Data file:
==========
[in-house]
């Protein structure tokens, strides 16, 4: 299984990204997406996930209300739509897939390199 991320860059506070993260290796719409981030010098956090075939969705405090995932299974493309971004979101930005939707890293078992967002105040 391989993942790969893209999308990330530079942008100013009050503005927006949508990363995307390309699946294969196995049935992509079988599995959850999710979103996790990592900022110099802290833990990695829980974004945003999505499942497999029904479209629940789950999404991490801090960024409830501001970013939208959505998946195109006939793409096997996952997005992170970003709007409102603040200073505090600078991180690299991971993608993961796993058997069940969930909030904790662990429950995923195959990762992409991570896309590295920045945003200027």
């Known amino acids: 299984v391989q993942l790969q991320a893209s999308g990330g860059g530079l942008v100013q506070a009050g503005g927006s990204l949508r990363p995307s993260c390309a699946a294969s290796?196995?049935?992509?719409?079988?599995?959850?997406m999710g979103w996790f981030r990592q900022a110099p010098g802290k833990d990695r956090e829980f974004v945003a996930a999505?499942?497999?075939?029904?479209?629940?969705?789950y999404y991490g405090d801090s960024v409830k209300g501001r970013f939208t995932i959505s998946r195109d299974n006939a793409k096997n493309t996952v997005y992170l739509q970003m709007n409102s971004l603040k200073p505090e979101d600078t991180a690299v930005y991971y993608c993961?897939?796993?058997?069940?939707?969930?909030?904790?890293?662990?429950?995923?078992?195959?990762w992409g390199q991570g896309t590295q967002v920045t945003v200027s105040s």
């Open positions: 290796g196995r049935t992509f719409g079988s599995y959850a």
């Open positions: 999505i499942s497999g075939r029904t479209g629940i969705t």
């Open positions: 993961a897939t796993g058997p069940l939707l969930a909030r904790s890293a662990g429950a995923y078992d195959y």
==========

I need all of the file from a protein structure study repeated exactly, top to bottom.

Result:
[in-house]
């Protein structure tokens, strides 16, 4: 299984990204997406996930209300739509897939390199 991320860059506070993260290796719409981030010098956090075939969705405090995932299974493309971004979101930005939707890293078992967002105040 391989993942790969893209999308990330530079942008100013009050503005927006949508990363995307390309699946294969196995049935992509079988599995959850999710979103996790990592900022110099802290833990990695829980974004945003999505499942497999029904479209629940789950999404991490801090960024409830501001970013939208959505998946195109006939793409096997996952997005992170970003709007409102603040200073505090600078991180690299991971993608993961796993058997069940969930909030904790662990429950995923195959990762992409991570896309590295920045945003200027």
């Known amino acids: 299984v391989q993942l790969q991320a893209s999308g990330g860059g530079l942008v100013q506070a009050g503005g927006s990204l949508r990363p995307s993260c390309a699946a294969s290796?196995?049935?992509?719409?079988?599995?959850?997406m999710g979103w996790f981030r990592q900022a110099p010098g802290k833990d990695r956090e829980f974004v945003a996930a999505?499942?497999?075939?029904?479209?629940?969705?789950y999404y991490g405090d801090s960024v409830k209300g501001r970013f939208t995932i959505s998946r195109d299974n006939a793409k096997n493309t996952v997005y992170l739509q970003m709007n409102s971004l603040k200073p505090e979101d600078t991180a690299v930005y991971y993608c993961?897939?796993?058997?069940?939707?969930?909030?904790?890293?662990?429950?995923?078992?195959?990762w992409g390199q991570g896309t590295q967002v920045t945003v200027s105040s």
């Open positions: 290796g196995r049935t992509f719409g079988s599995y959850a």
């Open positions: 999505i499942s497999g075939r029904t479209g629940i969705t």
């Open positions: 993961a897939t796993g058997p069940l939707l969930a909030r904790s890293a662990g429950a995923y078992d195959y």